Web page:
Improving Appetite Regulation in Patients With Obesity

    Not Recruiting
  • End date
    Feb 28, 2023
  • participants needed
  • sponsor
    University of North Carolina, Chapel Hill
Updated on 14 September 2022
overweight or obesity
Accepts healthy volunteers


Over 70% of U.S. adults have overweight or obesity. Currently, the most efficacious behavioral intervention for obesity is standard behavioral treatment (SBT), often composed of group sessions, calorie goals, and physical activity goals. With this approach, participants often lose 8-10% of the person's baseline weight, and also decrease risk for cardiovascular disease. Long-term weight loss, however, is limited; many participants return to baseline weight within five years following treatment. One reason SBT may not create long-term weight loss may be due to treatment components that teach participants to rely on external methods for changing eating decisions (e.g., counting calories, restricting certain foods), rather than internal cues of hunger and satiety. Because individuals with obesity report significant challenges with adhering to these cues, augmenting behavioral interventions with appetite self-regulation training may be a solution. Thus, the investigator propose to examine the feasibility and acceptability of a 6-month remotely-delivered appetite regulation + lifestyle modification intervention to treat obesity.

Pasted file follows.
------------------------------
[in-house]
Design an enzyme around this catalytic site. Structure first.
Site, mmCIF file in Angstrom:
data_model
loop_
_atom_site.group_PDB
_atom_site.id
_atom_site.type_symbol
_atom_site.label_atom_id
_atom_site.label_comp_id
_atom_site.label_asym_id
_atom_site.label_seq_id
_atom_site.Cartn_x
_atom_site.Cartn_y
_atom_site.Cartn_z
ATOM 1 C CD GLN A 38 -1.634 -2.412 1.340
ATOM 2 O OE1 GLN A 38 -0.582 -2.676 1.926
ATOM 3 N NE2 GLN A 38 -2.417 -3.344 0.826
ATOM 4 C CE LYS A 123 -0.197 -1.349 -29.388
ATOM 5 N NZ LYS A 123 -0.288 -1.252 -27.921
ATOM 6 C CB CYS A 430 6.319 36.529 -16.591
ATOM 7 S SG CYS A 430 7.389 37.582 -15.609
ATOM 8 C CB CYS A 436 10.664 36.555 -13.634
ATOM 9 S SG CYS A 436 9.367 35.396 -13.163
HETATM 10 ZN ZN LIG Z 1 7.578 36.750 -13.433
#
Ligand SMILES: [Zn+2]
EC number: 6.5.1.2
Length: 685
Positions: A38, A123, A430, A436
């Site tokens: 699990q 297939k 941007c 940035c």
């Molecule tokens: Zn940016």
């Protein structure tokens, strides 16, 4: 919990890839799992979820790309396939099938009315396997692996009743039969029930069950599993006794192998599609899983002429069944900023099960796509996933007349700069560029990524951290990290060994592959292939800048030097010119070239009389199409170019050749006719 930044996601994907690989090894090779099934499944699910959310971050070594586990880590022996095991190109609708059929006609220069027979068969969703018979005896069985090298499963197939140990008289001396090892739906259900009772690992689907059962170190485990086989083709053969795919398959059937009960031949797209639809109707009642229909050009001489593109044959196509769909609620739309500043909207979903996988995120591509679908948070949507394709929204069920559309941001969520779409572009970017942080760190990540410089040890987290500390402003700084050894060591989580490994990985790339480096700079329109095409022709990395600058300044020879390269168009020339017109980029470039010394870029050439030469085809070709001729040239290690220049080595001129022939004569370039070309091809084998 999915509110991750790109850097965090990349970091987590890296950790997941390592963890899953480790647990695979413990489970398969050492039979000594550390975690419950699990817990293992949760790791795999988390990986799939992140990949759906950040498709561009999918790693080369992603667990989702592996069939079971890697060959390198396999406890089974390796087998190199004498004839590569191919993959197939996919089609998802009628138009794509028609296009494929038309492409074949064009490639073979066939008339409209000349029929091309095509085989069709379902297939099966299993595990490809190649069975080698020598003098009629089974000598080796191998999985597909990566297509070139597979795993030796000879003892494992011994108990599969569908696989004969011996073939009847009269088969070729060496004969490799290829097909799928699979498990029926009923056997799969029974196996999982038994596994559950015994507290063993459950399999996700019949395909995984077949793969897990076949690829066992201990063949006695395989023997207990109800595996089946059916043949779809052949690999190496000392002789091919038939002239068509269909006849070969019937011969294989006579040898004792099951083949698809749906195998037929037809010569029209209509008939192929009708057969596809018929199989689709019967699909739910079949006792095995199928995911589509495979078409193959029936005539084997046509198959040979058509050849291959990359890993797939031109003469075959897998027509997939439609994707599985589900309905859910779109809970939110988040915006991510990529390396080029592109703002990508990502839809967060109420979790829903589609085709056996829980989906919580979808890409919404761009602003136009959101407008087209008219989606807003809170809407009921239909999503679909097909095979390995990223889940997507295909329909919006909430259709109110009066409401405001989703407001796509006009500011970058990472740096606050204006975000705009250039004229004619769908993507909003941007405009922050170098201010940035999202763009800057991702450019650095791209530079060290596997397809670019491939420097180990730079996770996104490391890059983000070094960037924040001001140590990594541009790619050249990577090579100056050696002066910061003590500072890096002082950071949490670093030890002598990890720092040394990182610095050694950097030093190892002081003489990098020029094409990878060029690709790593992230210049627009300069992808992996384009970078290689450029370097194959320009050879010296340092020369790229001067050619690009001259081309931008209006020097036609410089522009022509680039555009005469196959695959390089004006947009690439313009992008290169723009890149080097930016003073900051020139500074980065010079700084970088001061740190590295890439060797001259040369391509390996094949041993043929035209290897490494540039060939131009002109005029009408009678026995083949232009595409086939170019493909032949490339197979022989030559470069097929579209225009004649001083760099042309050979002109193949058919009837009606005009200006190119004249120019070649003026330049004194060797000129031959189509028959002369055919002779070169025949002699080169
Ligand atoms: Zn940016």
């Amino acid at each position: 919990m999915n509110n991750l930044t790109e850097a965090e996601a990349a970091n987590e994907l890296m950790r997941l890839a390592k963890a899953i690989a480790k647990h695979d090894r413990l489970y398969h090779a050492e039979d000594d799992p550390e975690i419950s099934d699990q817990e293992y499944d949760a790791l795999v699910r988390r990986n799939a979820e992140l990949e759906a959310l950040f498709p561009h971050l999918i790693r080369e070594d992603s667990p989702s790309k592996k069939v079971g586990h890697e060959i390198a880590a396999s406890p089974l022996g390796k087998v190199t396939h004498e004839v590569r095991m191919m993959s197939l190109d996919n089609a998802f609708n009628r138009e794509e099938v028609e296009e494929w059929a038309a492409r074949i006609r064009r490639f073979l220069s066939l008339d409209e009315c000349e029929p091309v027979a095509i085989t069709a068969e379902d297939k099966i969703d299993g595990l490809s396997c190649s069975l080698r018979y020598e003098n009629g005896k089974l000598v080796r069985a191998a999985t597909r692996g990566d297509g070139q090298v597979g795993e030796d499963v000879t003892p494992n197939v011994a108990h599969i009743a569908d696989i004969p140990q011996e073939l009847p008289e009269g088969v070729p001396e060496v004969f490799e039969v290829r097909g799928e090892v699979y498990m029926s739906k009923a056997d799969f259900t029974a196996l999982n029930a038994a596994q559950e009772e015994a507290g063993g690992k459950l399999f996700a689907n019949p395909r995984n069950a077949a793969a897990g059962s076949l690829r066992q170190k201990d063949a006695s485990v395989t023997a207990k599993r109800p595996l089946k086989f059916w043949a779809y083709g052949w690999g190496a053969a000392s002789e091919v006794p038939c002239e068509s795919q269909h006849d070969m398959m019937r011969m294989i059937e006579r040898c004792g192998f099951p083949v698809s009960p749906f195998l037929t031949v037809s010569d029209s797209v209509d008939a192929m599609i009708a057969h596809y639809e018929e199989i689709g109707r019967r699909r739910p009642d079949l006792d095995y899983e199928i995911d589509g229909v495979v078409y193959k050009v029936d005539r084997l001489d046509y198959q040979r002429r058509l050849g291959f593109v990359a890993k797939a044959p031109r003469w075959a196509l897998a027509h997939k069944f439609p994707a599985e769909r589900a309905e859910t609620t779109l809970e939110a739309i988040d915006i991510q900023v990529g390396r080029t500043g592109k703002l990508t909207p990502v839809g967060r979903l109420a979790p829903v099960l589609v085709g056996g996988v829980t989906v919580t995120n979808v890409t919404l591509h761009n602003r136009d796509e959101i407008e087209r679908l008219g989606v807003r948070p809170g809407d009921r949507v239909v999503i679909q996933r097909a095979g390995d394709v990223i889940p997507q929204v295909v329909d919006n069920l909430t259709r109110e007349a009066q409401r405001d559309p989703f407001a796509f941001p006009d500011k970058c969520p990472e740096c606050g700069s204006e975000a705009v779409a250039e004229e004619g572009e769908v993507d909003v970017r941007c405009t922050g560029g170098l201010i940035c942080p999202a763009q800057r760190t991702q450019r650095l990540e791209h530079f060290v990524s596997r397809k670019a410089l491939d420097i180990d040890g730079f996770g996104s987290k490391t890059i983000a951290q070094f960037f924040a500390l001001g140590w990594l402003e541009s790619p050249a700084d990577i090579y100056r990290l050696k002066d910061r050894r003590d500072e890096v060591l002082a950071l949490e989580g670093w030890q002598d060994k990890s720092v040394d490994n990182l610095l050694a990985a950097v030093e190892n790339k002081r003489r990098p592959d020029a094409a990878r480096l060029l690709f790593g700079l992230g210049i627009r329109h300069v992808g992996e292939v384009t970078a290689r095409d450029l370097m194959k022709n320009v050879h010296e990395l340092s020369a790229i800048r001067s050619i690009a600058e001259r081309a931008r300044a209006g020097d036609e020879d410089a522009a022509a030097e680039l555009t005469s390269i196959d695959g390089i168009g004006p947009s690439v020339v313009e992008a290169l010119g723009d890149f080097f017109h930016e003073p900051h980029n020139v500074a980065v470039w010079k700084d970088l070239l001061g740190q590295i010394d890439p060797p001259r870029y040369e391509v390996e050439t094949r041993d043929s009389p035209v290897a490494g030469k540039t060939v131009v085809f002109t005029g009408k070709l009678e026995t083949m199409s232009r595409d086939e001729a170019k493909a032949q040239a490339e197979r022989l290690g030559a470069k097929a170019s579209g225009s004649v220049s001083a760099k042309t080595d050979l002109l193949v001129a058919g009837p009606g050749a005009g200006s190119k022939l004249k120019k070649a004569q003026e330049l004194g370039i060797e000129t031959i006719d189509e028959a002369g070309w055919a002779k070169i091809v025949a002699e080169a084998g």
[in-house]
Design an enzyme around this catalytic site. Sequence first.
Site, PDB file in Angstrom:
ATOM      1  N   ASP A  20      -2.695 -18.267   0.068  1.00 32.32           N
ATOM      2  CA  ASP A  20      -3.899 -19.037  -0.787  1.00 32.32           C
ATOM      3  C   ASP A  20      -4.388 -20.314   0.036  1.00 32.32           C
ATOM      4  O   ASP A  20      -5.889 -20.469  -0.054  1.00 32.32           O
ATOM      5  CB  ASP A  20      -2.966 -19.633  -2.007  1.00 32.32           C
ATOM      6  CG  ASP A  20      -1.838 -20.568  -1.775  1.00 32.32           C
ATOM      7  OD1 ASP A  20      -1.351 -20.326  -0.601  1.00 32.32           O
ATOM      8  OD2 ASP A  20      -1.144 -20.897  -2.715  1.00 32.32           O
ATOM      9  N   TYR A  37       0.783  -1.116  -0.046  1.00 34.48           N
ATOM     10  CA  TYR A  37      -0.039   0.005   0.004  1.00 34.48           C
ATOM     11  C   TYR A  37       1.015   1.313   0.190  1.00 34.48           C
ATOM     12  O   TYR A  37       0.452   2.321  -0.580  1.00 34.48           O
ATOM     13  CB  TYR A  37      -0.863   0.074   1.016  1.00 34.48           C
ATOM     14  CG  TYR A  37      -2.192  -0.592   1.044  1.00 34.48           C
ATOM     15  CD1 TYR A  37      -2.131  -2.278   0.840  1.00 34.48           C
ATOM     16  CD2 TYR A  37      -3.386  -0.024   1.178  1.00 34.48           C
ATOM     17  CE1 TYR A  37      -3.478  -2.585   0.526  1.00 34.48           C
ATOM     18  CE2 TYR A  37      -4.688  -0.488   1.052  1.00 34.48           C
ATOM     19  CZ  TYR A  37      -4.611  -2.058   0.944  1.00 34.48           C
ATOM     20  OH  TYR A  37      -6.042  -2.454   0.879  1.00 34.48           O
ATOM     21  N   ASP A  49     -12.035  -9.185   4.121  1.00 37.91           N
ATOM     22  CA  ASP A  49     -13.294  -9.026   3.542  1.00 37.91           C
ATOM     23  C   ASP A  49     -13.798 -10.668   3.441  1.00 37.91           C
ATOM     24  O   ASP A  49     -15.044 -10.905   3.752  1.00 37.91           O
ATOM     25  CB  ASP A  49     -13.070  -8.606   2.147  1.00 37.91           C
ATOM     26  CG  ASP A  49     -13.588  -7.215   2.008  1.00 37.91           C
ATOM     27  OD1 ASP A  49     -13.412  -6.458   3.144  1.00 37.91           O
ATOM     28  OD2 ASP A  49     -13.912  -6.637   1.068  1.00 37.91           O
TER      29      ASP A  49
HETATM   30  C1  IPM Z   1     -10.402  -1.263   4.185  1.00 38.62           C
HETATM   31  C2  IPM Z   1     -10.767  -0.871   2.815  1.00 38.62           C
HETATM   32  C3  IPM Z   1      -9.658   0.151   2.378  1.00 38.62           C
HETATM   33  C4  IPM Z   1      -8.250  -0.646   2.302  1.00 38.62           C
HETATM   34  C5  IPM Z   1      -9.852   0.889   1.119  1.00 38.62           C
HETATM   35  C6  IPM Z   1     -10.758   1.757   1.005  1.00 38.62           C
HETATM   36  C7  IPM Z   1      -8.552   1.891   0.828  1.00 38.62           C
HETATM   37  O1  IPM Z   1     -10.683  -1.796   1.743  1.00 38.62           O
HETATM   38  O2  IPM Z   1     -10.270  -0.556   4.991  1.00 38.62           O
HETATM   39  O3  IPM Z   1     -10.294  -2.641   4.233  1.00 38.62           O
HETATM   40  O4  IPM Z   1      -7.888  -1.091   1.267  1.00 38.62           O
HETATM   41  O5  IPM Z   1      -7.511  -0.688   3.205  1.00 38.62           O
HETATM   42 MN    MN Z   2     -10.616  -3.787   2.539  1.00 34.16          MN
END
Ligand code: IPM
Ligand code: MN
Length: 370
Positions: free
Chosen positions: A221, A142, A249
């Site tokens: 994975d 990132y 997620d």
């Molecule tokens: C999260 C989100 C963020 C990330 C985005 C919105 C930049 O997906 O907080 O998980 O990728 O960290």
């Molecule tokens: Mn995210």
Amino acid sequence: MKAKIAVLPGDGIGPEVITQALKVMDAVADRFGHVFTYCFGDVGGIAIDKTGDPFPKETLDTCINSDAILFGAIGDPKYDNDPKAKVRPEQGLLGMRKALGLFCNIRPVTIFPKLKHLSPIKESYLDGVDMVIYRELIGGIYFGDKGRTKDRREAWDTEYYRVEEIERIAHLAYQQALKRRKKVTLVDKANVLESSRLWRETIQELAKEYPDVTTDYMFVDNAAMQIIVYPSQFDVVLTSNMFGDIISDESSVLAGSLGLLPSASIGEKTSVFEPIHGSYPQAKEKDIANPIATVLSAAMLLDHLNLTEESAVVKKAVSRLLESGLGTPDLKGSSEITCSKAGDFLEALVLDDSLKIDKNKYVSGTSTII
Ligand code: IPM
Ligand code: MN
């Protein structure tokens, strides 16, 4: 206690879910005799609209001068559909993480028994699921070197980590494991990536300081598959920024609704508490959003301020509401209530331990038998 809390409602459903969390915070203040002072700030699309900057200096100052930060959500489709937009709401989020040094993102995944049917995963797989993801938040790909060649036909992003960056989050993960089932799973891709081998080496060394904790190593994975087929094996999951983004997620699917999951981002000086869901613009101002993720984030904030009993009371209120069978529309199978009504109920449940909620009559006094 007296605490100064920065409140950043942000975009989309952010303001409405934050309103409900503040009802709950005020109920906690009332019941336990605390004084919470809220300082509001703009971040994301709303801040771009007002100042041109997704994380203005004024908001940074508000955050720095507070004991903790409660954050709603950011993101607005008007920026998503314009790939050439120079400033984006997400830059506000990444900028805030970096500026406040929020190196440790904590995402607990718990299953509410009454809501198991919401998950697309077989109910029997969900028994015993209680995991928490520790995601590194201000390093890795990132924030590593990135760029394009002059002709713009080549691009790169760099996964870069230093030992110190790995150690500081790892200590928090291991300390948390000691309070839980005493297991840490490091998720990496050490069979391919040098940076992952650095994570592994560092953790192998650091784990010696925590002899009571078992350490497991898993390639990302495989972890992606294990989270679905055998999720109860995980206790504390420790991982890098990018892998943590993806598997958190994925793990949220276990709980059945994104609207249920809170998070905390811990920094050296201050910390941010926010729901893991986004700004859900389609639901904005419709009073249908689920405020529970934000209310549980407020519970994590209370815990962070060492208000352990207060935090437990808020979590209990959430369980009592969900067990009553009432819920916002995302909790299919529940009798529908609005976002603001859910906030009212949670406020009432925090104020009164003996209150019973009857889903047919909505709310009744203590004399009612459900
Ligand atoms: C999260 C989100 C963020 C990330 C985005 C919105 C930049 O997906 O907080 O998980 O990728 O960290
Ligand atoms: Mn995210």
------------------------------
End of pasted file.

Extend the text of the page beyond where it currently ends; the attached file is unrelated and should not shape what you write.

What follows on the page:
Aim 1. Using a single-arm design, the investigator will examine the feasibility and acceptability of a 6-month, remotely-delivered, appetite self-regulation intervention for weight loss maintenance.

Aim 2. Examine the preliminary efficacy of the intervention on weight maintenance at 4 and 6 months.

Condition Weight Loss, Weight Gain Prevention, Obesity
Treatment Appetite Self-Regulation Intervention
Clinical Study IdentifierNCT05200520
SponsorUniversity of North Carolina, Chapel Hill
Last Modified on14 September 2022

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